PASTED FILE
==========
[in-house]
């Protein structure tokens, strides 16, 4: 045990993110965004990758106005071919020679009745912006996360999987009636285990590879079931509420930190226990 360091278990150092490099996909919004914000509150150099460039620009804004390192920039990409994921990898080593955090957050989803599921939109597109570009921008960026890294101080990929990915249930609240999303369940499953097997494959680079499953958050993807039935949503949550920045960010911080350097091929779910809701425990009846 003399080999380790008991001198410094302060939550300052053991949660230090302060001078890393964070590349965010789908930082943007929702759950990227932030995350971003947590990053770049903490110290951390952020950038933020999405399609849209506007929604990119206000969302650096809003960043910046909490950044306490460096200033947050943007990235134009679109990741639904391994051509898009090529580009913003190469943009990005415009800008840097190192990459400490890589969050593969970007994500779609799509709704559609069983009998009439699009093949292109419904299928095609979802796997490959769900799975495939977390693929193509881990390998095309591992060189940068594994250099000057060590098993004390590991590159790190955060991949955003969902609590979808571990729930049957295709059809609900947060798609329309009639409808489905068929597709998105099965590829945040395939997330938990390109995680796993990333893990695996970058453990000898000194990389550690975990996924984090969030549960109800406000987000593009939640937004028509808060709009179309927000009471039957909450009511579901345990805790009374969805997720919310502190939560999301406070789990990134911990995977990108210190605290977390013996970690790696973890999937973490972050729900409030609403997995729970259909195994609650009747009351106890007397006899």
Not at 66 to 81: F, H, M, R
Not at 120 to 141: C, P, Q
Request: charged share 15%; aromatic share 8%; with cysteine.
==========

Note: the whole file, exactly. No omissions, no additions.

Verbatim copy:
[in-house]
């Protein structure tokens, strides 16, 4: 045990993110965004990758106005071919020679009745912006996360999987009636285990590879079931509420930190226990 360091278990150092490099996909919004914000509150150099460039620009804004390192920039990409994921990898080593955090957050989803599921939109597109570009921008960026890294101080990929990915249930609240999303369940499953097997494959680079499953958050993807039935949503949550920045960010911080350097091929779910809701425990009846 003399080999380790008991001198410094302060939550300052053991949660230090302060001078890393964070590349965010789908930082943007929702759950990227932030995350971003947590990053770049903490110290951390952020950038933020999405399609849209506007929604990119206000969302650096809003960043910046909490950044306490460096200033947050943007990235134009679109990741639904391994051509898009090529580009913003190469943009990005415009800008840097190192990459400490890589969050593969970007994500779609799509709704559609069983009998009439699009093949292109419904299928095609979802796997490959769900799975495939977390693929193509881990390998095309591992060189940068594994250099000057060590098993004390590991590159790190955060991949955003969902609590979808571990729930049957295709059809609900947060798609329309009639409808489905068929597709998105099965590829945040395939997330938990390109995680796993990333893990695996970058453990000898000194990389550690975990996924984090969030549960109800406000987000593009939640937004028509808060709009179309927000009471039957909450009511579901345990805790009374969805997720919310502190939560999301406070789990990134911990995977990108210190605290977390013996970690790696973890999937973490972050729900409030609403997995729970259909195994609650009747009351106890007397006899």
Not at 66 to 81: F, H, M, R
Not at 120 to 141: C, P, Q
Request: charged share 15%; aromatic share 8%; with cysteine.